I’m standing on the shore of Snake River at Hell’s Canyon Dam Visitor Center. Cliff Mountain looms 1.8 Kilometers overhead, almost straight up. The May run-off from the mountains makes rafting from here one of the world’s most exciting white water trips. It’s my birthday on the second day of this six-day trip.
Since high school, Artie’s birthday gifts have been one stunning trip after another. One year we went to Switzerland to snowboard in the Alps, another we went scuba diving through the Great Barrier Reef. He always plans the trips and we go together. I’m scared of heights or water, not that I’ve confessed to this. He teases if I show I’m worried.
Artie and I met in grade school. He was sitting at the edge of the schoolyard eating his lunch. I heard someone say Artie thought he was better than everyone else because his daddy was rich. I just wanted someone to sit with, but nobody ever invited me. As usual, it was obvious my face, disfigured by a pre-school fire, was putting them off. Finally, I mustered the courage to sit with Artie. He didn’t seem bothered by how I looked. As we talked, I decided he wasn’t as bad as others thought. He called me Scarface. It was his joke. We started hanging out and our friendship grew over the years. His wealth and my scars …..
Artie gets into the raft. I hold back.
“Come Susan. They’re ready to leave,” he orders.
The pitch of his voice rises with his excitement.
Taking a deep breath, I cinch my life jacket buckles tight and climb in.
Bruce Jones, the Guide on this trip, hands me an oar saying, “When I say stroke, give it everything you have.”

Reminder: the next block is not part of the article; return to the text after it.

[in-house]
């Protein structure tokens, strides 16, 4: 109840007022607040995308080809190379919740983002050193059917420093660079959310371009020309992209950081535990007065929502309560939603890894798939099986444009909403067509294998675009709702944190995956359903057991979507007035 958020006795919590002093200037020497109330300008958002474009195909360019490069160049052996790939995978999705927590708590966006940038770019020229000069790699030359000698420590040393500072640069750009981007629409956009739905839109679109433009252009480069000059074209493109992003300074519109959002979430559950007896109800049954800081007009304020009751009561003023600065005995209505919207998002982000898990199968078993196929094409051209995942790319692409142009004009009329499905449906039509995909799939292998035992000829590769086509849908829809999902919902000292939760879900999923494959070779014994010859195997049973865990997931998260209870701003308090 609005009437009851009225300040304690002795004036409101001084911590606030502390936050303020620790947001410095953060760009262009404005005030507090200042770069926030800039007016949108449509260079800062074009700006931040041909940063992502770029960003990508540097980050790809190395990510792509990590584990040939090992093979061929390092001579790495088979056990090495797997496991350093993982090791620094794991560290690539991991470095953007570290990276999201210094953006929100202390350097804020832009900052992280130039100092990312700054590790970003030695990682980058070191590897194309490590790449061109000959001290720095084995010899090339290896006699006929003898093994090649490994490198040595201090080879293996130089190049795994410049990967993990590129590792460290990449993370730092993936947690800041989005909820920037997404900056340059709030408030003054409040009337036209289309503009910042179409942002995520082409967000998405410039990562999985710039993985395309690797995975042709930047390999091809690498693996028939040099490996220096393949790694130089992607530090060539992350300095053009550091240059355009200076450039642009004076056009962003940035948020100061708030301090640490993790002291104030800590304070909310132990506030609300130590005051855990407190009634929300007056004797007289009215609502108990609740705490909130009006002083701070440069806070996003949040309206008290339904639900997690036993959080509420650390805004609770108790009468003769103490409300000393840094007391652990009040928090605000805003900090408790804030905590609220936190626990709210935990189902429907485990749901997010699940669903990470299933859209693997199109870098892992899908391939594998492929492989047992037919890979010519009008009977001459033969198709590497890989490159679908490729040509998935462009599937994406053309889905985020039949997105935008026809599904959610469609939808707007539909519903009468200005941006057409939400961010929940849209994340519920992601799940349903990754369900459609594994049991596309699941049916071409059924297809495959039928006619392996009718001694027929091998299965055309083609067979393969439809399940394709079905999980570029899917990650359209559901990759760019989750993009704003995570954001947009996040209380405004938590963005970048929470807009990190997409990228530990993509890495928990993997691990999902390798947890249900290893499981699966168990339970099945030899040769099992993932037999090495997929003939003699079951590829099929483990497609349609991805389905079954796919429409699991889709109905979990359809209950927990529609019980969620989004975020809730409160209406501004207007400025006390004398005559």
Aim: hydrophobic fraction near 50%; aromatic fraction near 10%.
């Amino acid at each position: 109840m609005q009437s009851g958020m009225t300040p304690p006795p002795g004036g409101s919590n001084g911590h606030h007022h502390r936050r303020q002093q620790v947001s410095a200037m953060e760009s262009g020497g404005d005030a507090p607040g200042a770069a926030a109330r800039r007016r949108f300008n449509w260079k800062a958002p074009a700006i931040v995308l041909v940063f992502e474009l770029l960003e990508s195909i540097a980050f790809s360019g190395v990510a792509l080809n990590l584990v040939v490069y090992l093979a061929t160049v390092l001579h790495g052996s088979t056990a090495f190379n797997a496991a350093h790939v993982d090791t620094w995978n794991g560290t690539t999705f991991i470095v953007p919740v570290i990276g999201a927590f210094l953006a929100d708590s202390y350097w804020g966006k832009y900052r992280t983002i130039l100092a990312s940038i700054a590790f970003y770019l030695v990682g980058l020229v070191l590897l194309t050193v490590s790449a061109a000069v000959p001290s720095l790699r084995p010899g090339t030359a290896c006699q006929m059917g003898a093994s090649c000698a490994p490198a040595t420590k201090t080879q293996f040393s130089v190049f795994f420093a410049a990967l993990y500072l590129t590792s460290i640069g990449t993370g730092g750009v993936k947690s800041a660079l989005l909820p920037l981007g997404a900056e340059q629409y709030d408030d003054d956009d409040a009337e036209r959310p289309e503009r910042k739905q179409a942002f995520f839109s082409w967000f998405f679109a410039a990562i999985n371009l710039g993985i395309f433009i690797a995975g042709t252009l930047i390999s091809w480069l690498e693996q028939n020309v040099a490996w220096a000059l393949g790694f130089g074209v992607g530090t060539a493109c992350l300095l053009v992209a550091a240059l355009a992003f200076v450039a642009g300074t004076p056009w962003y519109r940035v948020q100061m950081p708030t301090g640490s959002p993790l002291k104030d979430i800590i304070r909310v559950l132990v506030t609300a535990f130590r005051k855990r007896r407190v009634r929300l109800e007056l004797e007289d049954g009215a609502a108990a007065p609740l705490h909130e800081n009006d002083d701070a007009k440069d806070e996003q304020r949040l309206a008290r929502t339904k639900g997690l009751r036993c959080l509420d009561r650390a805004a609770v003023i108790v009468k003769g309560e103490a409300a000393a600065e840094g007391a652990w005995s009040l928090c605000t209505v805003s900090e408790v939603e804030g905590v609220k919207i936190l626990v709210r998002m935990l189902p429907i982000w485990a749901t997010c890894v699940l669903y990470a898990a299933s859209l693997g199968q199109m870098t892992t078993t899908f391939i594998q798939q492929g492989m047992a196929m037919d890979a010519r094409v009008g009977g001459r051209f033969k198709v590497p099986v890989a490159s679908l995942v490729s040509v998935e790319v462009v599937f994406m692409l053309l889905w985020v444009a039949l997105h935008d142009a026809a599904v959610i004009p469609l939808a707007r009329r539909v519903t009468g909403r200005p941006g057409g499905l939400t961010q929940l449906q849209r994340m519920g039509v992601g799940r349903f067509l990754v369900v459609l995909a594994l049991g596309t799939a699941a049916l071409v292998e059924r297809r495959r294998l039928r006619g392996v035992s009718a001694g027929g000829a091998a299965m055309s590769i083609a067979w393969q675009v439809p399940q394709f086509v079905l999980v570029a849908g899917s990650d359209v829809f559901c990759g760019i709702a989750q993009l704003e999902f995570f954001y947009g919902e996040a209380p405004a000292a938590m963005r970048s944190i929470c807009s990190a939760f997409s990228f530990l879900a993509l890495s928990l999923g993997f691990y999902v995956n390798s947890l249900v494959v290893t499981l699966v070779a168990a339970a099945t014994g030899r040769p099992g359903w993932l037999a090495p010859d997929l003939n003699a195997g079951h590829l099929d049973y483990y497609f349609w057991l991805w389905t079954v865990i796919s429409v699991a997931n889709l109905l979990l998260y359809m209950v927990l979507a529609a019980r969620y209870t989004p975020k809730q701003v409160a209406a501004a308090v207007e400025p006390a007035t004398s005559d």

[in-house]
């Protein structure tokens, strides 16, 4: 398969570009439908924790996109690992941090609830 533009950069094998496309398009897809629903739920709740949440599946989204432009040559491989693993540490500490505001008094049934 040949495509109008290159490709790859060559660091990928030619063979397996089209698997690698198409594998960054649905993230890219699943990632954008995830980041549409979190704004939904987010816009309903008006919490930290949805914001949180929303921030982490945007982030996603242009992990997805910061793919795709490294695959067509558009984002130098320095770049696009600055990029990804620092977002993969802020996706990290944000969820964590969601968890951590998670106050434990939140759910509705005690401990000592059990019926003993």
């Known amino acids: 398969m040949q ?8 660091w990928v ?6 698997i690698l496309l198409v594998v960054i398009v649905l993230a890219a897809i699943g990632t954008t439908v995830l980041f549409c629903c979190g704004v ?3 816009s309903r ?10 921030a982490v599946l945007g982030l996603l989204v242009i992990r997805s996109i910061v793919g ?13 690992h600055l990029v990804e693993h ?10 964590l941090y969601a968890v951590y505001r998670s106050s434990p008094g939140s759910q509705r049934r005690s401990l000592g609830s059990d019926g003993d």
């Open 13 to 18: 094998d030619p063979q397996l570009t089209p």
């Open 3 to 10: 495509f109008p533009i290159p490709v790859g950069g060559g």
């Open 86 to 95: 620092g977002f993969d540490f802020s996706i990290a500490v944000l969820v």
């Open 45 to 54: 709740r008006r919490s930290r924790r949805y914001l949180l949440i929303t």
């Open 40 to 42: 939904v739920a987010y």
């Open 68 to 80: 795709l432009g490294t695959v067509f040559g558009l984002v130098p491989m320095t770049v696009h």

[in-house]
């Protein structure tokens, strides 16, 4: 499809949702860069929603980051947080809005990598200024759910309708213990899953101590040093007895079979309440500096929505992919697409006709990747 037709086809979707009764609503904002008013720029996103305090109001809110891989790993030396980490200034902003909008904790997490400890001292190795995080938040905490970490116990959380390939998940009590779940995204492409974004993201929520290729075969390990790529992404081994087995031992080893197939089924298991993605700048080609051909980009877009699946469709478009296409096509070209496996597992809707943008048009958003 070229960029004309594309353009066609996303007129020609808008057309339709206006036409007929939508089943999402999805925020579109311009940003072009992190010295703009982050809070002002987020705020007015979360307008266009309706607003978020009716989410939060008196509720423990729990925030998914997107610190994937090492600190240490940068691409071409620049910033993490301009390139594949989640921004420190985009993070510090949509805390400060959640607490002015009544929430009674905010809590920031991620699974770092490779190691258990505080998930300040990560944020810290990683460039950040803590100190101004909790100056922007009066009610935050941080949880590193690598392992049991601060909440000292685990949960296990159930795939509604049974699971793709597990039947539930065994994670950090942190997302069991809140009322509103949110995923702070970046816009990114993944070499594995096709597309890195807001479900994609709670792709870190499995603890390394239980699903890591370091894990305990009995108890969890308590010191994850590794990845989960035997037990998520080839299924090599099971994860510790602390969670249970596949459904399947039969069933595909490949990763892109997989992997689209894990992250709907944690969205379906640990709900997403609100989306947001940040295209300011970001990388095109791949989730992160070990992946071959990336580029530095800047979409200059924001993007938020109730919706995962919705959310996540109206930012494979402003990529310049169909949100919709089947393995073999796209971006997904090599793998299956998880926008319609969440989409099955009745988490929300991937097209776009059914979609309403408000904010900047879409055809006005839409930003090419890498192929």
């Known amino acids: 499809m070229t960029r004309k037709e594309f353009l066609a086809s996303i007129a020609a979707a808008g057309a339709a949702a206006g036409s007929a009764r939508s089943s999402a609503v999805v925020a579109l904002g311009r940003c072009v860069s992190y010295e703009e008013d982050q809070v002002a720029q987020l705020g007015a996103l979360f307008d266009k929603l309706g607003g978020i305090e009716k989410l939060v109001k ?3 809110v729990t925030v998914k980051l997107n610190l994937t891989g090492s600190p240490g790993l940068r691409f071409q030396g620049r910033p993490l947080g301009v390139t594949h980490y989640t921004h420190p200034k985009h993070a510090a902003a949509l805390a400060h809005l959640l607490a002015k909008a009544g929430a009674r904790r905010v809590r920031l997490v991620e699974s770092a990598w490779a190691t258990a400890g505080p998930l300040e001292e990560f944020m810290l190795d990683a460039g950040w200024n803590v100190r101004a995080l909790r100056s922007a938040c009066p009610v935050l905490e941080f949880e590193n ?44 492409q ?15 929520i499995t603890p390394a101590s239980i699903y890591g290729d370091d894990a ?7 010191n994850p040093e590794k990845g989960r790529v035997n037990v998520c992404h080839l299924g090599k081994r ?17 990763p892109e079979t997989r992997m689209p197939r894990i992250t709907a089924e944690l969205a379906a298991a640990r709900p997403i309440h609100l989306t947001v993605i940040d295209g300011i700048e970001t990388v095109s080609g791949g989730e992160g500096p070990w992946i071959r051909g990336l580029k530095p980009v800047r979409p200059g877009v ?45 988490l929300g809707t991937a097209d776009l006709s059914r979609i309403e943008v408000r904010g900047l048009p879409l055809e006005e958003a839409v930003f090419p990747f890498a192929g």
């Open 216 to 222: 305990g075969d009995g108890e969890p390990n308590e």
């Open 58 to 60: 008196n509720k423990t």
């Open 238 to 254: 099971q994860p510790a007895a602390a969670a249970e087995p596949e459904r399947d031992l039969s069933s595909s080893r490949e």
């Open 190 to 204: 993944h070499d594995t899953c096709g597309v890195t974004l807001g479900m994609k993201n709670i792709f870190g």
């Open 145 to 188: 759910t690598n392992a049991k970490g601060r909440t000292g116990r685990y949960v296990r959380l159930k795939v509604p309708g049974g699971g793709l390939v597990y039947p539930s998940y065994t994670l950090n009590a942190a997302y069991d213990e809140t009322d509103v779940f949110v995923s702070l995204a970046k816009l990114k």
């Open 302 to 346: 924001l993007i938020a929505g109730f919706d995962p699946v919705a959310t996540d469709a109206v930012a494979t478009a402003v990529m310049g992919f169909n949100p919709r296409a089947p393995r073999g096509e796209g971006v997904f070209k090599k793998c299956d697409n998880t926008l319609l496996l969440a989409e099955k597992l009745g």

The Guides launch our air-filled canvas rafts. There’s ours and two others. At orientation, they explained we travelled in groups for safety.
As the raft moves into the current, I grip the oar so tightly my knuckles go white. It offers me little comfort. The raft glides over the smooth water and I start to relax. The views are spectacular as we pass between the canyon walls. We float through basalt-crystal cliffs stretching up on either side and grassy-sided peaks cut deep by eroding tributaries. They are so high I get dizzy when I look up.
Artie, sitting on the next bench forward, turns around, “This is so cool,”
He bounces on his seat making the raft rock. I gasp at the sudden movement. Fear grips my stomach. Bruce scowls. Artie ignores him and informs me that the fun begins a few miles away where basalt dams and landslides have created turbulent rapids.
“The water’s higher this year,” he snickers. “That’ll make this ride even better.”
“I’d hate to think we’d do something boring,” I mumble.
As we head into the deepest chasm in North America to take on the wildest rapids he can find, Artie grins at me like a kid with a new toy.
Author: Gregg Mattson (USA)